What’s more, we should develop a fiscal capacity at euro area level. Such an instrument should not lead to permanent transfers but help countries to counteract short-lived and asymmetric shocks and avoid pro-cyclical policies. In a severe economic downturn, such a scheme would protect investments by supporting well-identified priorities and national level projects already in the pipeline. The “European Investment Protection Scheme”, as proposed by the European Commission, could serve as a blueprint for such a stabilising mechanism. In the medium to long run, one should consider introducing a dedicated euro area budget. Such a common budget could ensure broader objectives, covering both stabilisation and convergence. It should be accompanied by a debt restructuring regime for sovereigns, providing for an alternative to taxpayer-funded bailouts. Such a mechanism could, with ample transition time, be included in programmes that are administered by the European Stability Mechanism (ESM).
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In order to better protect the euro area from future crises and to overcome crises more rapidly, the ESM should be developed into a European Monetary Fund (EMF). Its functions should encompass the current liquidity assistance of the ESM and a stabilisation mechanism to be used in the event of severe economic shocks. The EMF could also act as a common backstop for the banking union. It should be firmly integrated within the EU legal framework.
I am convinced that we should not restrict our thoughts to reforms that can be implemented in the near future. It is true that current circumstances do not make it easy to put ambitious ideas into practice. But it is our task to analyse the deficiencies of the current situation and to encourage discussion about what is the best way forward for Europe. The new French president Emmanuel Macron was elected on a programme that is explicitly “pro-European”, and which contains proposals that would even call for an amendment of the European Treaty.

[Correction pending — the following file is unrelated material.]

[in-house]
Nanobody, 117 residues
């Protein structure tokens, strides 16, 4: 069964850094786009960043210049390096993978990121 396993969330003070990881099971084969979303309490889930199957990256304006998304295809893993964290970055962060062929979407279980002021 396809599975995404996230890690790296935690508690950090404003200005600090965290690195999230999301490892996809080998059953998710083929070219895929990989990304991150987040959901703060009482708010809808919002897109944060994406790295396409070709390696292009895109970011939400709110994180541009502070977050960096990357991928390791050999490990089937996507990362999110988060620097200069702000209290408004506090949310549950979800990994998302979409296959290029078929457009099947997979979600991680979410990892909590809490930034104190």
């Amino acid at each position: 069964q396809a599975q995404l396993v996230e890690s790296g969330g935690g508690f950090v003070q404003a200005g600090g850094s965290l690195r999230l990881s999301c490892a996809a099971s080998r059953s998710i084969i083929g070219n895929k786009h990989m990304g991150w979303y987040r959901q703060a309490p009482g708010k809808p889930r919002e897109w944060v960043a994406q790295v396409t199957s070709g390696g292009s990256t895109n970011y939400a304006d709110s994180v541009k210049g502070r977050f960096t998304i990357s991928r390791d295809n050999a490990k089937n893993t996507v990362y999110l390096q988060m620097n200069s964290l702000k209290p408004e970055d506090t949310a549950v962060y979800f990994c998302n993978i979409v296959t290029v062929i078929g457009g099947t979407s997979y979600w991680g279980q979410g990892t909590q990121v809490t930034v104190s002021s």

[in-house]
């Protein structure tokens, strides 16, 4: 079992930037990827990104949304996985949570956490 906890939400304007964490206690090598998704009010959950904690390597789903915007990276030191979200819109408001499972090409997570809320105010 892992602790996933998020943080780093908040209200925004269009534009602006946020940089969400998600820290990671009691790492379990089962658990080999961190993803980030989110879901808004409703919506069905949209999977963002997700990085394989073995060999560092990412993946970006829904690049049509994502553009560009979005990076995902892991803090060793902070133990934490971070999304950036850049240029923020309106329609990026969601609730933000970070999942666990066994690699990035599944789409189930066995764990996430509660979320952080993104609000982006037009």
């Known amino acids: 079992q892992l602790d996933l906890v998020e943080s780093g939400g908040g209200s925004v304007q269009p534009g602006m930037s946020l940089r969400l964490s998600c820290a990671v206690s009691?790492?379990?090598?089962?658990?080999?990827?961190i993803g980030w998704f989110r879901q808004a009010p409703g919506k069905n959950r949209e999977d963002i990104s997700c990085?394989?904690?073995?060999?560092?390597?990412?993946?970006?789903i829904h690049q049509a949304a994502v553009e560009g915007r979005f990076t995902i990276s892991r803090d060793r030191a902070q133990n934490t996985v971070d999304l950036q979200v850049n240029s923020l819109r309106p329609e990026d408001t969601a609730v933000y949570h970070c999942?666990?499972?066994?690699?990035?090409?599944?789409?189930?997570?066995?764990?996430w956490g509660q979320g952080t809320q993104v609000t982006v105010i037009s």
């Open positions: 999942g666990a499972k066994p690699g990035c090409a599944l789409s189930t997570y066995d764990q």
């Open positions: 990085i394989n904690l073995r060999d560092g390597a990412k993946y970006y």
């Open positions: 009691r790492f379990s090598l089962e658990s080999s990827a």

After all, when talking about the future of the eurozone, it is important to remember that the ultimate aim of the single currency union has been the creation of a genuine political union. Today, it seems that we are farther away from that goal than ever before.
But if we want to shape our future, we need to invest in European integration. For us in Germany, this means we do not ask all other Member States to follow ‘the German approach’. There is no ‘either-or solution’. Let’s not choose between wrong alternatives. Let’s make clever choices.
The views expressed in this essay are those of the author and do not necessarily represent those of the Federal Government. They are more fully explored in this book.
Dr. Philipp Steinberg is Director General of Economic Policy, Federal Ministry for Economic Affairs and Energy, Germany. Editor of (together with A. Schellinger The Future of the Eurozone: How to Keep Europe Together: A Progressive Perspective from Germany (1st ed. 2017). Bielefeld http://www.transcript-verlag.de/978-3-8376-4081-6/the-future-of-the-eurozone